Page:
nav
search
globe
monitor
monitor
  • English
  • Mandarin Chinese
  • Spanish
  • Arabic
  • Russian
  • Kiswahili
  • Hindi
  • Portuguese
  • Mongolian
  • French
  • Amharic
  • Kinyarwanda
  • Indonesian
  • Greek
  • Farsi
arrow left

ADVANCED SEARCH OPTIONS

Add, remove or edit search terms:

any of these words
all of these words
exact phrase
Select resource types:
articles
Q&A
video
audio
Study Bible
Results should display:
full details
author names only

Search Tips
Attach an asterisk (*) to the end of a word as a wildcard.
Attach a tilde (~) to the front of a word to omit results containing that word.
More search tips >>
  Share

Righteous Scarcely Saved

Question
"And if the righteous scarcely be saved, where shall the ungodly and the sinner appear?" Please explain.
Answer
The point of Peter's argument in this section of the letter is that Christians should expect to suffer for Christ's sake (1 Pet. 4:12-16), and that in their suffering they should entrust themselves to God (1 Pet. 4:19). The suffering which the church endures is here portrayed as a form of judgment or trial that comes against the church ("the household of God") in order to test it (1 Pet. 4:12). Those who fail the test (unbelievers) suffer the curse of God's wrath. Those who endure and pass the test (believers) receive blessings and rewards according to God's love for them in the gospel (1 Pet. 5:10), though the test itself is still painful discipline for them (cf. Heb. 12:1-11).

1 Peter 4:18 quotes Proverbs 11:31, which in its Hebrew form teaches two things. First, it assumes ("if") that on earth even the righteous are recompensed for their deeds (e.g. 2 Sam. 12:13-14,18; cf. Heb. 12:1-11), which in this case seems to refer to discipline for misdeeds, but with salvific intent (cf. Prov. 11:30). The verb for "recompense" here is shalem, the most basic meaning of which is "being complete or sound." Second, it teaches that that the evil and the sinners are certain to suffer even more.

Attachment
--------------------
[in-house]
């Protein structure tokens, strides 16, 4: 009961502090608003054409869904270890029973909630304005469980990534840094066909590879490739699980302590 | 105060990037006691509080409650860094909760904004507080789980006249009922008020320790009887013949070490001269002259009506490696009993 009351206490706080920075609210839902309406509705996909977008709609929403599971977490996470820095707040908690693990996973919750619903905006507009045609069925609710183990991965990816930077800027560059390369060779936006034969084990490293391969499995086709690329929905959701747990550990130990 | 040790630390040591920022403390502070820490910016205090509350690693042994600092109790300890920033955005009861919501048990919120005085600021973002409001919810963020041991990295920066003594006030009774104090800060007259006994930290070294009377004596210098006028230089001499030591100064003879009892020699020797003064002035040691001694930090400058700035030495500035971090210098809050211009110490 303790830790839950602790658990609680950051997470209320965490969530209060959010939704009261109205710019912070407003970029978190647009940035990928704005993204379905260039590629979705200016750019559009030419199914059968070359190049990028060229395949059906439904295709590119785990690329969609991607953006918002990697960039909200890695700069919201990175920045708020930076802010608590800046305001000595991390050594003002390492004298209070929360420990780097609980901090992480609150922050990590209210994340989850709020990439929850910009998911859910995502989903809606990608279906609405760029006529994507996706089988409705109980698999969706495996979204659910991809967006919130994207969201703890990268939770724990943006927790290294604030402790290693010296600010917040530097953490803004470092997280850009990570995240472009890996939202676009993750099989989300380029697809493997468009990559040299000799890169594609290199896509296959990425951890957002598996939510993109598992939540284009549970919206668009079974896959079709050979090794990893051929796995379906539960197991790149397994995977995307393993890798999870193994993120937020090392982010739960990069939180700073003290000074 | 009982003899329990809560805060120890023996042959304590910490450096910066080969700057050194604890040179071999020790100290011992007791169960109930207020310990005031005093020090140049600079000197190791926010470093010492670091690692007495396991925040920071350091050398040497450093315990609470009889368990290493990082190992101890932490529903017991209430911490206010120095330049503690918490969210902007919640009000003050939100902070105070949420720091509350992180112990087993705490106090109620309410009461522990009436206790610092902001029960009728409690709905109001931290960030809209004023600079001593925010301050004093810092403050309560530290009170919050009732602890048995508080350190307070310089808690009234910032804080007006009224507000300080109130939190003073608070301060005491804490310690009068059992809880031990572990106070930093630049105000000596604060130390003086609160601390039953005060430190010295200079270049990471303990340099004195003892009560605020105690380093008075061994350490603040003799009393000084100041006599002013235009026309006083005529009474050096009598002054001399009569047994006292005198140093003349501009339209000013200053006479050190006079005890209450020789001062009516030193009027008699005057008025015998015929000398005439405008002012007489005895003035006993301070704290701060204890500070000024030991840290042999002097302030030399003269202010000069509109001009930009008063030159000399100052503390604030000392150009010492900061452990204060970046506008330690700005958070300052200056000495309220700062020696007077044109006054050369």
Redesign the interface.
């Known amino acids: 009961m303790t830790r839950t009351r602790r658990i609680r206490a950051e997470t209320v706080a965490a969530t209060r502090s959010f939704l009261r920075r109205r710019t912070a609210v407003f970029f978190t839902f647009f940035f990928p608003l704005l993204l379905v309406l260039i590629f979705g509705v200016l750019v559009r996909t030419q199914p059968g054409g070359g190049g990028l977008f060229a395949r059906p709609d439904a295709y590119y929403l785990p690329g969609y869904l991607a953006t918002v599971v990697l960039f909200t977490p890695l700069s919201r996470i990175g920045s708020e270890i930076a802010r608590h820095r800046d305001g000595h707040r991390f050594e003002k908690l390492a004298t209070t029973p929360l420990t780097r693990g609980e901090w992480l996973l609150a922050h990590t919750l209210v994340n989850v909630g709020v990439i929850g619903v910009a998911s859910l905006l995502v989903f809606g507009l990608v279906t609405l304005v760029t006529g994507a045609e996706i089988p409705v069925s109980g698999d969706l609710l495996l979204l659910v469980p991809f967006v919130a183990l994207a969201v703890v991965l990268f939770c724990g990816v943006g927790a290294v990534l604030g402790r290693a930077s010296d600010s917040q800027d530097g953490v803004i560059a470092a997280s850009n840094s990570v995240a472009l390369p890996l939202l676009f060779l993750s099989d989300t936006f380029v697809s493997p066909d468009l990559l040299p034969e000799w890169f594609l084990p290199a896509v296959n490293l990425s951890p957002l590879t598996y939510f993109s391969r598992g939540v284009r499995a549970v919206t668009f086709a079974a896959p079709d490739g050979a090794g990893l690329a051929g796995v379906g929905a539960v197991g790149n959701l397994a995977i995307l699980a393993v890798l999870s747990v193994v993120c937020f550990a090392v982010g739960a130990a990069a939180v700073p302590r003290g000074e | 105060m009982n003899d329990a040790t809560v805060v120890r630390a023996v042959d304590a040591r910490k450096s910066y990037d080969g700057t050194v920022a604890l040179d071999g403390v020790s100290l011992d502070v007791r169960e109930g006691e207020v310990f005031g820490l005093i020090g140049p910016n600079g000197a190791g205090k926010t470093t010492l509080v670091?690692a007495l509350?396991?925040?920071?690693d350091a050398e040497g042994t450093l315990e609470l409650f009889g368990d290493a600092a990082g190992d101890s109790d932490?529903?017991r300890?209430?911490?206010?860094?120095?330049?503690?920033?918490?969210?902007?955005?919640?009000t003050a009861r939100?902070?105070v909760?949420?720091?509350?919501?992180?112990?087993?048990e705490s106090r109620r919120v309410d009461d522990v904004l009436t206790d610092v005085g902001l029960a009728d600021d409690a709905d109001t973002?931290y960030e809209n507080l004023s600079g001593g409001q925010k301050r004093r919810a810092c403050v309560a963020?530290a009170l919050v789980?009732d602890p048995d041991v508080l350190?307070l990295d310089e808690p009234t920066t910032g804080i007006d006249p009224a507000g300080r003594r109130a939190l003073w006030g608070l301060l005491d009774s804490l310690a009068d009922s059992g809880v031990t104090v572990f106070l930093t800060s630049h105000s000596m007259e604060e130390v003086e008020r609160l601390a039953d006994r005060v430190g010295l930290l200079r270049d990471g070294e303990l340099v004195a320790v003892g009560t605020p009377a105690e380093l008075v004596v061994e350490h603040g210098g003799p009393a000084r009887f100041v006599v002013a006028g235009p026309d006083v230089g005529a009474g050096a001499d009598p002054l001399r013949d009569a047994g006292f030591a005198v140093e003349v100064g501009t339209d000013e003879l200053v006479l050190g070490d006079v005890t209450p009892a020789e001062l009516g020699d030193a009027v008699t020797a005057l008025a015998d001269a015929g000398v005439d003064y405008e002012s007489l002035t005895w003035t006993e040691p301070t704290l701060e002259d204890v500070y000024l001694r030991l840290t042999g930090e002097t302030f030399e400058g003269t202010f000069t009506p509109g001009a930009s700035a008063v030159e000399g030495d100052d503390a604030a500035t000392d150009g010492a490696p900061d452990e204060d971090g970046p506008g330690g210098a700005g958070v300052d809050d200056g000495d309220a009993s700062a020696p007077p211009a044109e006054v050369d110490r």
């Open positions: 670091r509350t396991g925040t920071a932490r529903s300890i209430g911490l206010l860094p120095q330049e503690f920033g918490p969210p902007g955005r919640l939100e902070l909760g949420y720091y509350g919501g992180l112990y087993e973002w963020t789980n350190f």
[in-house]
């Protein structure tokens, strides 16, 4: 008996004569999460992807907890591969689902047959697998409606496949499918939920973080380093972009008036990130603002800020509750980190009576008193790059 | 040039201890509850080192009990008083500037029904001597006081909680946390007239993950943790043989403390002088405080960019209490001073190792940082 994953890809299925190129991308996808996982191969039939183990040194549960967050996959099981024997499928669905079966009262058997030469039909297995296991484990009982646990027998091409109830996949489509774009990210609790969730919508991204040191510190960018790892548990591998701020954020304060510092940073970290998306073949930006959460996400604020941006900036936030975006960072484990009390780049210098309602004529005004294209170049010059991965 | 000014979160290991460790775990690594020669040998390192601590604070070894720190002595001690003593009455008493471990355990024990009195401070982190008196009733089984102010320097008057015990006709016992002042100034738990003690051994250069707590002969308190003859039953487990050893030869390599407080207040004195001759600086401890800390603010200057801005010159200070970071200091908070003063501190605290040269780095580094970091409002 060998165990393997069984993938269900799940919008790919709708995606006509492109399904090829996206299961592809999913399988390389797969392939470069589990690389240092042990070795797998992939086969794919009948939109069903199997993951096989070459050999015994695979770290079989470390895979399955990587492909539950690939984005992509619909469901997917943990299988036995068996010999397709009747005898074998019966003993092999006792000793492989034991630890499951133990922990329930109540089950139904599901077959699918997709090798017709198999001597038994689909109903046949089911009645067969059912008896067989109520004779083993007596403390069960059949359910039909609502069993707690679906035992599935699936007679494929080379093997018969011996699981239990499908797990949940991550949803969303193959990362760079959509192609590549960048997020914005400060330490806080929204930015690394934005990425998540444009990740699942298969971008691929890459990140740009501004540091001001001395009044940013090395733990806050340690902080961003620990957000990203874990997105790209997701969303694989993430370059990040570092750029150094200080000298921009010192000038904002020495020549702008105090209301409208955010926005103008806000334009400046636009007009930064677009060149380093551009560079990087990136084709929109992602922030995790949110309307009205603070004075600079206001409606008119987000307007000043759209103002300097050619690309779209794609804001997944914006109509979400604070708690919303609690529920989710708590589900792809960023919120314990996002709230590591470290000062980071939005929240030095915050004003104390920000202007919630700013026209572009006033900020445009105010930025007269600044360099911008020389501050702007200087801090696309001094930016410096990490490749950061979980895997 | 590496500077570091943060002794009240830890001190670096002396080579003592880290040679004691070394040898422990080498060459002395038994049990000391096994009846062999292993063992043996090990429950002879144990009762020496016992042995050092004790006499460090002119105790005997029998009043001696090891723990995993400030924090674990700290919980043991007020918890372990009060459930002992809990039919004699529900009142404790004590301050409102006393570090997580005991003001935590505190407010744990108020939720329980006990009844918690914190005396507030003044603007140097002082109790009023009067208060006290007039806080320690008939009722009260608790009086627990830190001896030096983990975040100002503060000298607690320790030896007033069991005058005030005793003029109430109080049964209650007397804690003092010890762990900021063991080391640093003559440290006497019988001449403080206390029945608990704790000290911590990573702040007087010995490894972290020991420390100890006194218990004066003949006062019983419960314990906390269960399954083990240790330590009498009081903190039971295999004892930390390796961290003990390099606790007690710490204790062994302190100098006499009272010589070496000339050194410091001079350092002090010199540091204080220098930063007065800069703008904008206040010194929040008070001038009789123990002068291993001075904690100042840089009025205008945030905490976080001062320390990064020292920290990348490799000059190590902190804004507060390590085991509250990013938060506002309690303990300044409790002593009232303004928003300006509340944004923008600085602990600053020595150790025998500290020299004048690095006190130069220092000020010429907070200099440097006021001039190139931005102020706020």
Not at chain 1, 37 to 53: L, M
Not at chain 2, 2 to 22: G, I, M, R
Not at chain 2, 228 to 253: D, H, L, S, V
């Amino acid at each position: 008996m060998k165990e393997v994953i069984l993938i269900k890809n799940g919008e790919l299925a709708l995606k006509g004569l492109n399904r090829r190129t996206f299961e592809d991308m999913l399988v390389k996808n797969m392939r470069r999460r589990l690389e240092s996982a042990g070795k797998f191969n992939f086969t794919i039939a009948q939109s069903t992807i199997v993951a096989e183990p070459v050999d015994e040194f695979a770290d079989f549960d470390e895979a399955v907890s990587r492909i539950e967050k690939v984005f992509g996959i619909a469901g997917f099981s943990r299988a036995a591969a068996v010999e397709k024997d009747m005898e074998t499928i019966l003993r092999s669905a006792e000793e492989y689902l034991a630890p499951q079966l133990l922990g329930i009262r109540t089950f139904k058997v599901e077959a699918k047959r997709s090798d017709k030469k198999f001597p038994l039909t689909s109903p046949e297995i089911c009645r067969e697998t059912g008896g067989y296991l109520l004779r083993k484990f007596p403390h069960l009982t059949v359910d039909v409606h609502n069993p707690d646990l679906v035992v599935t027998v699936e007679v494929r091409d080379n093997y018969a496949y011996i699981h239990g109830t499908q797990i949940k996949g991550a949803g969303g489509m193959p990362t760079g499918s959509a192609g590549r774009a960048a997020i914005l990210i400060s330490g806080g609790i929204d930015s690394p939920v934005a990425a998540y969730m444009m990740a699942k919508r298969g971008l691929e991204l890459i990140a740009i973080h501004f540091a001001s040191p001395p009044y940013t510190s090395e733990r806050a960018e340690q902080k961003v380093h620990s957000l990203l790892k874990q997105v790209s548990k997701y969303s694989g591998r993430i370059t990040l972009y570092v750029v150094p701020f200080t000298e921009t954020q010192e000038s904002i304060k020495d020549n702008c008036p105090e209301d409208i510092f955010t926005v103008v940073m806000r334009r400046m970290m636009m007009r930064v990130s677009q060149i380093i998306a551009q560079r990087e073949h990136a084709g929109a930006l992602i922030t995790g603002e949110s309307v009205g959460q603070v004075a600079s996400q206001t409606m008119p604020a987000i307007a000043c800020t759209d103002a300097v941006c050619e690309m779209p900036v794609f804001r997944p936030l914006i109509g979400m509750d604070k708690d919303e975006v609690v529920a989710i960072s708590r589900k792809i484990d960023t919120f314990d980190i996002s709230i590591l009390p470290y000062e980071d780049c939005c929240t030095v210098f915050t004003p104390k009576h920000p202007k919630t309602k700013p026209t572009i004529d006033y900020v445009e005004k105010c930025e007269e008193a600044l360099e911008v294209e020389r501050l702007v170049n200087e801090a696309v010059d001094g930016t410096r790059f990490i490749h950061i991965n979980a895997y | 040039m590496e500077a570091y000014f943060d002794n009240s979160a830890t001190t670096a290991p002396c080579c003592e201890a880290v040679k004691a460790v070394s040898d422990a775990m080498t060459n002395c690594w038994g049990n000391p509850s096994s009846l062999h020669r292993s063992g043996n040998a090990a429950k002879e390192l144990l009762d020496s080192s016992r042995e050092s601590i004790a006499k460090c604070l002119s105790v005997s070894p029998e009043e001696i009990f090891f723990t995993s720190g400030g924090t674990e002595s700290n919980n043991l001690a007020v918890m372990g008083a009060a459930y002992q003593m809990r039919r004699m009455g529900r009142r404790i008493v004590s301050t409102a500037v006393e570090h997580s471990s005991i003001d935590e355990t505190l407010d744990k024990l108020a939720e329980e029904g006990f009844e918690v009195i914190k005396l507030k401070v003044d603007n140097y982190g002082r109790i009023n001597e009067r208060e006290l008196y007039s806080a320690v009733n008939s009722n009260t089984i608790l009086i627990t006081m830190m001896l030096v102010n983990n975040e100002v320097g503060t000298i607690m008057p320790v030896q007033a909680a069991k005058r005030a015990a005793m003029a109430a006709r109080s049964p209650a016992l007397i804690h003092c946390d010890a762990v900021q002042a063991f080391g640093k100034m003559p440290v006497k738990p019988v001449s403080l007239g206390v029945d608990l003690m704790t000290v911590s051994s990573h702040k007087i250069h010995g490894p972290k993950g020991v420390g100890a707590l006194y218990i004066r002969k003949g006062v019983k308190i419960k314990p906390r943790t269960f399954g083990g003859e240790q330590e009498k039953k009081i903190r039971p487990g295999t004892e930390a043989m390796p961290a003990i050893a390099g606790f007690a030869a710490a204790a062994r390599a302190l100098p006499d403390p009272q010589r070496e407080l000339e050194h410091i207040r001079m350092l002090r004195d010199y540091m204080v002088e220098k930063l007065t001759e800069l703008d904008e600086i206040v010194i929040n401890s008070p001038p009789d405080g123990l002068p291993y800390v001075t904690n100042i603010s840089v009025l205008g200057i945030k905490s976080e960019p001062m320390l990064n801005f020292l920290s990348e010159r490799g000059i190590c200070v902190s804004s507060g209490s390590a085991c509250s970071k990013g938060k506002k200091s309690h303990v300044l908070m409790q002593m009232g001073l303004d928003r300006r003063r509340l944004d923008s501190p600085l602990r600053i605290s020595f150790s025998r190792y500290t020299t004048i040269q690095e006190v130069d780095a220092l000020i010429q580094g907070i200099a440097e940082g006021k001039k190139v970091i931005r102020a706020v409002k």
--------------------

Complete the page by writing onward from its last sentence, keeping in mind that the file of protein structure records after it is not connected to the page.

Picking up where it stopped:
Peter, however, quotes the Septuagint (the Greek translation of the Old Testament) version of this verse, which more explicitly brings out the idea that the righteous suffer hardship (i.e. even the righteous have a difficult time in the salvation process), and which does not state that the hardship is a form of recompense. The Septuagint interprets shalem as indicating not simple recompense, but rather a hardship which accompanies or leads to salvation. Peter affirms this translation, and quotes it as an Old Testament precedent for his statement in 1 Peter 4:17.

"If the righteous scarcely be saved" is not a very good translation at this point because it implies that it is hard to save the righteous, that they are saved by the skin of their teeth. This, however, is not what the verse is teaching, or what the Proverb it quotes was teaching. Rather, the context in 1 Peter and the original meaning of Proverbs 11:31 demonstrate that the point is that the righteous suffer trials which they endure with difficulty, even while they are being saved.

Answer by Ra McLaughlin

Ra McLaughlin is Vice President of Creative Delivery Systems at Third Millennium Ministries.